He was an easy man to get along with--quiet, polite, and undemanding. He said this would be his last sea voyage as a ship's master, then he would retire for good. He spoke of roses and a place in New Hampshire. I needed him to sign papers giving me and my fellows access to his vessel before inspecting the holds--which in this case were tanks for transporting petroleum and other chemicals.

I didn't have much hope that this apparent garbage scow would pass anything--let alone a readiness to receive a grain certificate. Stepping out on the deck, I noticed that steam pipes were running every which way--boiling hot to the touch and some even blowing dangerous geysers of steam out of rusted spots. Just before reaching the butterworth (tank inspection hatch), I saw the furry butt of a rat scurrying into a nearby garbage pile. According to the regulations, the rat has to be inside the stowage area to turn it down, but somehow none of this felt right.

I climbed down into the darkness of the tank fully expecting filth and disgustingness. The only other tanker I had been in at that time was a supertanker loaded in freezing weather with Alaskan crude warmed to 90 degrees Fahrenheit to accommodate the flow. The result was about 12 to 16 inches of paraffin stuck to the steel tank walls of the ship, over an area the size of Notre Dame cathedral. It all had to be scraped out by hand like scraping candle wax off the living room floor.

The previous cargo had been "sweet crude" from Malaysia, a high quality, low sulfur crude oil that cleans up pretty well. Down in the tanks there was the lingering smell of petroleum, but not bad enough to turn the tanks down for "commercially objectionable foreign odor." I kept looking for the rats that I was sure were there (which would have failed the vessel), but they must have made a deal with the crew, laying low until we left. The old tankers, with small, round butterworths are slow loading, with grain loaded by pipes attached to the main spouts from the shipping gallery above. The "Flor" would be there for at least a week.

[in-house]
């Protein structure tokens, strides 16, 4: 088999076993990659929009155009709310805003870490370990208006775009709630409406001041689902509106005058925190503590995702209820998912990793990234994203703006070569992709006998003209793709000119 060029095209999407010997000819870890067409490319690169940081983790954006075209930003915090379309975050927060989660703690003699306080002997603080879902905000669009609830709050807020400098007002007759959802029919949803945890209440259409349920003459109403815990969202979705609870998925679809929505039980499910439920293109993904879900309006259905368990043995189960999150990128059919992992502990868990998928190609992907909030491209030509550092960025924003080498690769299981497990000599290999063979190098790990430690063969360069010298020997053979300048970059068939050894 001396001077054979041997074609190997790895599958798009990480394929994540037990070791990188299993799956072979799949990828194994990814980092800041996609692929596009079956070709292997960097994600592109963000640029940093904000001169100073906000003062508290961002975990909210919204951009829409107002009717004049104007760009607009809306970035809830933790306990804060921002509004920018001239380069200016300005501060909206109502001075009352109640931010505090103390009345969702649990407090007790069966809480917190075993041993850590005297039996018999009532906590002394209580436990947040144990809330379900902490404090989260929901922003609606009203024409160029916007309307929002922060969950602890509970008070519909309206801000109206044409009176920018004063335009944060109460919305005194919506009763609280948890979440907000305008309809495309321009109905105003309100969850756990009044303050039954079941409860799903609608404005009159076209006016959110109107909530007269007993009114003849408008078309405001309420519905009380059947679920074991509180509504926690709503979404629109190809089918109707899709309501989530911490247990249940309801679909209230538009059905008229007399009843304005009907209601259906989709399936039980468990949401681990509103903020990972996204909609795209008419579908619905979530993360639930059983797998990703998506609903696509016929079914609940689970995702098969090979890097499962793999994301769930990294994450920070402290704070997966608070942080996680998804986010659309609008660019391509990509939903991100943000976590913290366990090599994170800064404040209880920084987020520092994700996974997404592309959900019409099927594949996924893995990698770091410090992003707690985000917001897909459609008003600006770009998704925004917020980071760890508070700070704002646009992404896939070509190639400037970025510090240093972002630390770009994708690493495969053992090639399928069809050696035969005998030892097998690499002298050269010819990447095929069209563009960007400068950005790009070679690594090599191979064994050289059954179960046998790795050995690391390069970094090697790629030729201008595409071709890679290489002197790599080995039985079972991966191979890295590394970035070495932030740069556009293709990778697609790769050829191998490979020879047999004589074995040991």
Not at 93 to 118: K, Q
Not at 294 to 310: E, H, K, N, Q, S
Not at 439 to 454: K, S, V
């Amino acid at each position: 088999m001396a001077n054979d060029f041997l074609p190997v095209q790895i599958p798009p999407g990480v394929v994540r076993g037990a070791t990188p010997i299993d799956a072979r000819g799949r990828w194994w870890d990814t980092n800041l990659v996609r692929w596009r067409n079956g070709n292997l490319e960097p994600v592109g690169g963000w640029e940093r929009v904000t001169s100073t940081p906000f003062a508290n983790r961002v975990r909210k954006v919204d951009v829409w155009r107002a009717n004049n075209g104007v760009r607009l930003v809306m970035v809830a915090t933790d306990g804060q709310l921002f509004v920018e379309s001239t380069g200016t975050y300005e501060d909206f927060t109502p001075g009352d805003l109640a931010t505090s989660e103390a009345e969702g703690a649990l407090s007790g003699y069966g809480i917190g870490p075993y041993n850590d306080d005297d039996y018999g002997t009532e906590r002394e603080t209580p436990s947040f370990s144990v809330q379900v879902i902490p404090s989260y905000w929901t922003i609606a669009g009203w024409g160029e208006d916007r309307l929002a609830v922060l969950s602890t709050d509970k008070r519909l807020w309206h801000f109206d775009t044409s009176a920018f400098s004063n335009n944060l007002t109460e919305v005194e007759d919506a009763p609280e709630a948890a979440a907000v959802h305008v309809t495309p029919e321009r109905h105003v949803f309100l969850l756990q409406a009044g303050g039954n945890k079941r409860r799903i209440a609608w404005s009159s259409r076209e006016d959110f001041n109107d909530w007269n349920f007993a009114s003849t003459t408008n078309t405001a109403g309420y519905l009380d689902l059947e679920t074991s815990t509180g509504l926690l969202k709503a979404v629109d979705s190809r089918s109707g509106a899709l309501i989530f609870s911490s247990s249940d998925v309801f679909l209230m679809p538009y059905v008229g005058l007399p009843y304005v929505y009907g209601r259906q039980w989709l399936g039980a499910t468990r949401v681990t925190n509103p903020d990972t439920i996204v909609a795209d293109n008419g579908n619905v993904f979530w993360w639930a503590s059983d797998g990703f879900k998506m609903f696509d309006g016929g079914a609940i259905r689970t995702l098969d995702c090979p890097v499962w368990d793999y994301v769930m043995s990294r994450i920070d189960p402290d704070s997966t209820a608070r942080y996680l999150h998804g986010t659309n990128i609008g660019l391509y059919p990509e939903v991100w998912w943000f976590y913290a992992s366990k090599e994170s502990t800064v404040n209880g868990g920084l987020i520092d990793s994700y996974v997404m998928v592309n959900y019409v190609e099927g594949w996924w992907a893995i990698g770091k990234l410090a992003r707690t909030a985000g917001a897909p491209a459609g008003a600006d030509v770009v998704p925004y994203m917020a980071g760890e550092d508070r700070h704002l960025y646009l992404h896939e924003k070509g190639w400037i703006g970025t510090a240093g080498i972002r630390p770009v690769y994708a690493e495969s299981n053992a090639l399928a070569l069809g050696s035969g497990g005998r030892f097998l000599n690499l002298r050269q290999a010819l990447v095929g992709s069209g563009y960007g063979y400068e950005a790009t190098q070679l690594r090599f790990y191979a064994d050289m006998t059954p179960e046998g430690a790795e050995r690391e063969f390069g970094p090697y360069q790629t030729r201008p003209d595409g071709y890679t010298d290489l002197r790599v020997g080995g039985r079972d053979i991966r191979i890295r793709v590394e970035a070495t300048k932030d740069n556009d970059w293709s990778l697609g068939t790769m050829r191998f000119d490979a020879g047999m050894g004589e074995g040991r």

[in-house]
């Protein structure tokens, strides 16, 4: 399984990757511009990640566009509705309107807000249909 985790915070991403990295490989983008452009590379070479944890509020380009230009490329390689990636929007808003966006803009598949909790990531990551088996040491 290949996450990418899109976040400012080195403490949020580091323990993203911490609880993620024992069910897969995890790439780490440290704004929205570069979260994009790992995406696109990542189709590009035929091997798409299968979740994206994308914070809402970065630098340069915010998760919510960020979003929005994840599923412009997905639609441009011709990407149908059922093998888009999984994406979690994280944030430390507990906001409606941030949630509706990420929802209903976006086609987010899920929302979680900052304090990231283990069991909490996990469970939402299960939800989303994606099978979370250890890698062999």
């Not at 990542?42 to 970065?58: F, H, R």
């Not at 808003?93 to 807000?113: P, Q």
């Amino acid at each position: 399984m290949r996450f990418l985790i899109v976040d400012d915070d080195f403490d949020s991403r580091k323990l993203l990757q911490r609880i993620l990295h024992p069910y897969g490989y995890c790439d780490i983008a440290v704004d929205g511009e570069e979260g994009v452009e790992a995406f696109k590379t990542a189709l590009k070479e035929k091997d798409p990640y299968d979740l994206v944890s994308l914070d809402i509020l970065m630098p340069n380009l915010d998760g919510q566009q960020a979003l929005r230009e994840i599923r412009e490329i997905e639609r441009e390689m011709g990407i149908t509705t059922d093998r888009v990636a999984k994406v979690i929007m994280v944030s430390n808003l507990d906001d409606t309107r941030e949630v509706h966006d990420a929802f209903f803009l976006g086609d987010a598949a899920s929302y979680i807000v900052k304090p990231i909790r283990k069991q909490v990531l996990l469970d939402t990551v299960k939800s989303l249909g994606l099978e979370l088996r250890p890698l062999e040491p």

Several days later I was working supervising the weighing in the control room--a room that looks like the flight deck of the starship Enterprise. It has large picture windows with a view of the shipboard activity. About mid-morning the door to the control room was thrown open with a crash. In lumbered a giant of a man, bearded, wearing a flannel shirt, his dungarees held up by working man suspenders. He was apparently stone deaf, for he had only one volume to his gruff, nerve-racking, ear-splitting shout.

"Can I use the telephone?" he shouted, causing the secretary to jump, spilling her coffee. "I am an able-bodied seaman. I need to call my business agent in Seattle!"

It became apparent that whatever business the seafarer had with his business agent, none of it would be private.

"Halloo, Mike! Derosher here! I'm down here in Portland! You've got to take me off of the list for this Flor! What's that? No! No! No! Not that! They are going to sink her!"

There was a minute of silence.

"That is what I said, they are going to sink her, over in Indonesia, or somewhere! For the money! There is money in it for me, but I don't want any part of it! It stinks!"

After shouting a few more business arrangements the sailor left--the longshoremen, Bunge managers, and I looked at each other with something akin to shock, then we all continued on, loading tons of sweet American prairie wheat on to the doomed ship aware that it sounded as though it was destined for the bottom of the South China Sea.

Eventually the ship moved on to Terminal 4 for more cargo before sailing for Asia. Others came and went, the days passed, each one bringing a fresh Oregonian with a fresh New York Times crossword puzzle. In early September I noticed a small paragraph somewhere near the obituaries. An American steam tanker, the Flor, had gone down somewhere near Indonesia. All the crew was accounted for and there were no injuries. No injuries--just 5 or 6 million dollars worth of wheat gone from the world food supply.